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Police the Polls: Getting to the Bottom of America's Election Fraud Problem

© REUTERS / Mark MakelaVoting machine operator Robin Coffee-Ruff hands a sticker to a voter who cast his ballot at West Philadelphia High School on U.S. midterm election day morning in Philadelphia, Pennsylvania, November 4, 201
Voting machine operator Robin Coffee-Ruff hands a sticker to a voter who cast his ballot at West Philadelphia High School on U.S. midterm election day morning in Philadelphia, Pennsylvania, November 4, 201 - Sputnik International
The Des Moines Register has joined the fray, declaring that "something smells" in Iowa's Democratic caucus results and procedures. Bev Harris of Black Box Voting joins Radio Sputnik’s Brad Friedman to discuss election fraud, and how to prevent it, on the latest episode of the BradCast.

The Iowa caucus left a bad taste in the mouths of many, as both the Trump campaign and Sanders supporters assert their belief that voter fraud played a role in determining the winners. The Des Moines Register, after endorsing Hillary Clinton, has joined the Sanders campaign in calling for an audit and release of raw vote totals.

Black Box Voting's Bev Harris on the Iowa Caucus Mess and NH Concerns

While Trump calls fraud based on a Ted Cruz staffer falsely claiming on television that Ben Carson had dropped out of the race, fraud allegations in the Democratic Party stem from events that took place at the caucuses themselves.

"They call everything voter fraud!" Harris told the BradCast. "It's so odd! Even Trump is claiming that when one of the candidates spreads some gossip that wasn't true about another candidate, that that was voter fraud! How is this voter fraud? Can we just call it was it is, which is a problem with election integrity, or in some cases election tampering. But it's not about the voters. Why are we pointing fingers at the most idealistic level, the voters?"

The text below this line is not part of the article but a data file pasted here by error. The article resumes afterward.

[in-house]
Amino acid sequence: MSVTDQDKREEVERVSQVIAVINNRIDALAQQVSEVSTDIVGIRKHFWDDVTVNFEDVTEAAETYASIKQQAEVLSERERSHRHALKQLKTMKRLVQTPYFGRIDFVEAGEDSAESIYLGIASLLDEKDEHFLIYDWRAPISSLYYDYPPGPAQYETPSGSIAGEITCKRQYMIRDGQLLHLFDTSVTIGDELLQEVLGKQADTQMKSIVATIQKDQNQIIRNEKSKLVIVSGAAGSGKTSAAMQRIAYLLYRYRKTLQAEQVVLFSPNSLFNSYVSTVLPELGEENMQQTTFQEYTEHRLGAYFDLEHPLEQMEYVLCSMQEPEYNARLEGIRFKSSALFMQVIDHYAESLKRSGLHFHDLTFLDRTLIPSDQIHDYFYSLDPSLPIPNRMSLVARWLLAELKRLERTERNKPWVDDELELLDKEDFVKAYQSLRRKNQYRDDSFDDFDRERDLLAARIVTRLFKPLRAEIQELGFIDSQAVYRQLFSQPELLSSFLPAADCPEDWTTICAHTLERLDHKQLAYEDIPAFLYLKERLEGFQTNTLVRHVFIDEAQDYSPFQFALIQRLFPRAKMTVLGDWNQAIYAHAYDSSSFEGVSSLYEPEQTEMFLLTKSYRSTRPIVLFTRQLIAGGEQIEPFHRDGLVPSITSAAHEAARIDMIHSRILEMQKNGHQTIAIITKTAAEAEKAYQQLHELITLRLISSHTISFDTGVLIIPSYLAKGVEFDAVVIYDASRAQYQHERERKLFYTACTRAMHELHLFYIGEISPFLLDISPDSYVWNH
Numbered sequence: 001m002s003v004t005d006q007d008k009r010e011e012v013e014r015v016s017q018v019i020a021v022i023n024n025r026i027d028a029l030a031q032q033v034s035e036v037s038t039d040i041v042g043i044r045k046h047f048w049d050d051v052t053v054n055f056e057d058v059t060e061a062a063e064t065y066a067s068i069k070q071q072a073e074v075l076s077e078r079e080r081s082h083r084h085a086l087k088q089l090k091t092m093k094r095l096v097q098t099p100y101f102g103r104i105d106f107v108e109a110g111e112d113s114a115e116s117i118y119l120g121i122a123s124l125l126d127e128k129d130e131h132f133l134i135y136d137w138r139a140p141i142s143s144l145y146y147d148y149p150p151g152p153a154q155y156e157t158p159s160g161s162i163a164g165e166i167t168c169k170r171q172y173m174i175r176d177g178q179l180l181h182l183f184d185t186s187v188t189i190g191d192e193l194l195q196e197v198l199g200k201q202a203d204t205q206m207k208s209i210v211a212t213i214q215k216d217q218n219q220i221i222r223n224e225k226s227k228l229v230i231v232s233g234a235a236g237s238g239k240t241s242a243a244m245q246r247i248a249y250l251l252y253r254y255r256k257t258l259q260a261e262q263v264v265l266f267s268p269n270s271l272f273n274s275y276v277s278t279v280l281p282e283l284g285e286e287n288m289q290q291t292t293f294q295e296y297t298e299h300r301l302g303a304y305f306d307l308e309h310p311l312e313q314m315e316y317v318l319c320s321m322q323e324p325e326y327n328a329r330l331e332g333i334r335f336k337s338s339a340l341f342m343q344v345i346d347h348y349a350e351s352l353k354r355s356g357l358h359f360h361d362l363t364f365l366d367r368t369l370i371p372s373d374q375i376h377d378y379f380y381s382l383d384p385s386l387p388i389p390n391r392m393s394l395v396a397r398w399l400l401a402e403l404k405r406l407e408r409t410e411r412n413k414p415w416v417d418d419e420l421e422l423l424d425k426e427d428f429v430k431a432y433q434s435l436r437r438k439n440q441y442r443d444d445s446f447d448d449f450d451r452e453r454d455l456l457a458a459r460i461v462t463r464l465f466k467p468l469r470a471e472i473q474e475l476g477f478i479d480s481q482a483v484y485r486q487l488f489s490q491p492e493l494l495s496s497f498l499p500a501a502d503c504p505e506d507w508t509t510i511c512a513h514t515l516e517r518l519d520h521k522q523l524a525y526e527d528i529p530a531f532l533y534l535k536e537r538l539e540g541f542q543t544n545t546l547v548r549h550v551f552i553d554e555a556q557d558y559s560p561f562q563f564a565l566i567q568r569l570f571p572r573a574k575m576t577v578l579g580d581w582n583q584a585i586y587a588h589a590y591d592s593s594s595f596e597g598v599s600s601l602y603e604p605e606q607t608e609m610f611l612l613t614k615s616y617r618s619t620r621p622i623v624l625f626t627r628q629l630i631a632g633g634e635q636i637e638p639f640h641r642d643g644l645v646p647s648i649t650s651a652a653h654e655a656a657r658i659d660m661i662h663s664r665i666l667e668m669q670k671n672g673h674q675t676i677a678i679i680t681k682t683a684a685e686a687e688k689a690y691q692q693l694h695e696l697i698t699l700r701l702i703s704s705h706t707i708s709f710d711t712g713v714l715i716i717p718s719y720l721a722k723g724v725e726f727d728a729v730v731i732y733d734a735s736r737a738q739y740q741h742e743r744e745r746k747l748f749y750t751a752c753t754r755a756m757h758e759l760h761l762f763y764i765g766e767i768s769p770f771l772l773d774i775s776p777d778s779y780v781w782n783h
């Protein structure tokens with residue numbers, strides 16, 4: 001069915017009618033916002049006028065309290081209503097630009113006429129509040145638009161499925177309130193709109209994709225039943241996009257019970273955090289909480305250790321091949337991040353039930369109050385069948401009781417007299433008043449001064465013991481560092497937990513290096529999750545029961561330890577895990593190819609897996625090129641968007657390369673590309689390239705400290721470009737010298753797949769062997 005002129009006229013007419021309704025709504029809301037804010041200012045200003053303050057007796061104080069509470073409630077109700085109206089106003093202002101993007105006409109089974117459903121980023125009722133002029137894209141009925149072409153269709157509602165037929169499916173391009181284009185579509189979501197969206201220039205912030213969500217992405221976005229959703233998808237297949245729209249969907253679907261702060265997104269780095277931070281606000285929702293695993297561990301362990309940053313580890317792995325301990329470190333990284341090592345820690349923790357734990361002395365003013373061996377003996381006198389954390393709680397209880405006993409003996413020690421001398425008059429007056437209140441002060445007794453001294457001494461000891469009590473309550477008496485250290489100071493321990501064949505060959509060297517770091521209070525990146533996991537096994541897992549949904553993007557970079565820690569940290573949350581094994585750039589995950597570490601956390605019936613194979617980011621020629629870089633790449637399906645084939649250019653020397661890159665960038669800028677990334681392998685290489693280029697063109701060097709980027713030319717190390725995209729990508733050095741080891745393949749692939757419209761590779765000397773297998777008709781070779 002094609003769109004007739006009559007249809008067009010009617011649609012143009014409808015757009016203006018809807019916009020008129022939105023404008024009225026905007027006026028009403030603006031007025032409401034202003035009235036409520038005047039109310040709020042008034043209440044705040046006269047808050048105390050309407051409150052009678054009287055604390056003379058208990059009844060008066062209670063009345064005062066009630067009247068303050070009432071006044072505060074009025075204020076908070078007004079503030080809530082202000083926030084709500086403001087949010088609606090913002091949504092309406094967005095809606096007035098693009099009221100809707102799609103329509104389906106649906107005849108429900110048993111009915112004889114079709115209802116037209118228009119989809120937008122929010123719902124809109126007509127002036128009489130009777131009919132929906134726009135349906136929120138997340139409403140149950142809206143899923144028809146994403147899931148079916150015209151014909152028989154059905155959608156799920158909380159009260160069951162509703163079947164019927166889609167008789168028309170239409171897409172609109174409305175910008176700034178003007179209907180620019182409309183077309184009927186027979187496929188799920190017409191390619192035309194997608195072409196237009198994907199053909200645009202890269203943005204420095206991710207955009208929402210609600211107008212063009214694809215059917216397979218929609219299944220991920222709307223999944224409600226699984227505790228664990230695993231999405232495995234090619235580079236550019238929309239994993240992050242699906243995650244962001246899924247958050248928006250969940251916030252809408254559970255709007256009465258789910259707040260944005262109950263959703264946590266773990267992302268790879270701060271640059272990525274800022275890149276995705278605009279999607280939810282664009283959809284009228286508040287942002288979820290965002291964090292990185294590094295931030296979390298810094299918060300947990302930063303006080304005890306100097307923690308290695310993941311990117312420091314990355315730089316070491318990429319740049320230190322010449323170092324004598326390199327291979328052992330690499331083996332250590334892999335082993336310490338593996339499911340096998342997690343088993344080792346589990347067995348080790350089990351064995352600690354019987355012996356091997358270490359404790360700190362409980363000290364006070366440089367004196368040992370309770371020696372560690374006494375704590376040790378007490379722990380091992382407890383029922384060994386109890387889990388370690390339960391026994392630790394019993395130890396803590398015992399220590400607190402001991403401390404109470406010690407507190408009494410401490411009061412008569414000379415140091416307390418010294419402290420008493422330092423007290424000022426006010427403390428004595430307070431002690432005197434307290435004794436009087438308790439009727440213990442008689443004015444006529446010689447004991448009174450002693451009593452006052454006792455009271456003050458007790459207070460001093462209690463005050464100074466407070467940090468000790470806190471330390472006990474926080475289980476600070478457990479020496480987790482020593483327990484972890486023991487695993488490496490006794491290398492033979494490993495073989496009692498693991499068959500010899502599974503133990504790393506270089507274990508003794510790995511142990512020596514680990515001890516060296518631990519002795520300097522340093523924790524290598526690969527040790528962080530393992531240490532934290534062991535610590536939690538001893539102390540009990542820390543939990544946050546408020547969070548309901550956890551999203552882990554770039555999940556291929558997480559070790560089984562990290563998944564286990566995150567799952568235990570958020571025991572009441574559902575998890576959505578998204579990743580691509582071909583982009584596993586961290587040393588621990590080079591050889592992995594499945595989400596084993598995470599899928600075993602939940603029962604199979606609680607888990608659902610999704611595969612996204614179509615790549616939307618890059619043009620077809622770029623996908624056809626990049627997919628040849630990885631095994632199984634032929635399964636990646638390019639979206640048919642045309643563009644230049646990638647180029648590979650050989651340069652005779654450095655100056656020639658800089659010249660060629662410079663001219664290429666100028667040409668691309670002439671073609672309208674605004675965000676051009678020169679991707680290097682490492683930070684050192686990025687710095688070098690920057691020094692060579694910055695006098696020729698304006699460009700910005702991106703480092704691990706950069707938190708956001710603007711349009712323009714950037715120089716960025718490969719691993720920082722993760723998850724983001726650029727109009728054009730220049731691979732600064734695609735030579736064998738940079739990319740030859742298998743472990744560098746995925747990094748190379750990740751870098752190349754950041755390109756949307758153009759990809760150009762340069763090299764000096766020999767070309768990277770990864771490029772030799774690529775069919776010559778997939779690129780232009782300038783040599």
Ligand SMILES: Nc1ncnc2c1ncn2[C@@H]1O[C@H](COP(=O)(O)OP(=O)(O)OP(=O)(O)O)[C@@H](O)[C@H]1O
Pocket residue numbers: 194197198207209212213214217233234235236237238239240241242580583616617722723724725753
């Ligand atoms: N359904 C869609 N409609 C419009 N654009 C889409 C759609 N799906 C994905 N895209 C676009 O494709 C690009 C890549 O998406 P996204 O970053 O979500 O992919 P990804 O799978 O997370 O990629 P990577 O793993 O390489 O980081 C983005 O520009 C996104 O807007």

Following Clinton’s acceptance of the win, it was revealed that 90 precinct vote totals were missing after the DNC failed to staff the locations. At other sites, delegates were chosen based on a coin toss, people were allegedly turned away after locations ran out of voter registration cards, and allegations of miscounts swept the Internet.

"Really, the bottom line is, if they won't disclose stuff, then it smells. If they disclose it, everybody can see for themselves,” Harris said.

Democratic U.S. presidential candidate former Secretary of State Hillary Clinton speaks as fellow candidate and Senator Bernie Sanders listens during the second official 2016 U.S. Democratic presidential candidates debate. - Sputnik International
Iowa Paper that Endorsed Clinton Now Calling for Audit of Caucus Results
"People say, well, there are problems in every election," she stated. "My mantra is: That may be true, but let's see the problems. All I'm saying is let us see them, and let us address them. Most people I talk to — even if they're very partisan — they say, 'If I can see it and we lost fair and square, I will accept that.' It really ticks people off when you say, 'we won, and we aren't going to show you how.'"

To ease concerns about proper vote counts in the upcoming New Hampshire primary, Harris recommends voters use their smartphones to take accountability into their own hands.

"One thing I think is really important — is for people to get out their mobile phones, take a picture of the results at the polling place (at the end of the night) and they can text it to themselves, to a friend, put 'em on Facebook, Tweet it."

Harris pointed out that tweeted images have a timestamp, which can later be compared to results reported by the state. "I think that's one thing that's pretty important this time. Just photograph the paperwork. It's not hard. Ship it off electronically somewhere, which will automatically timestamp it."

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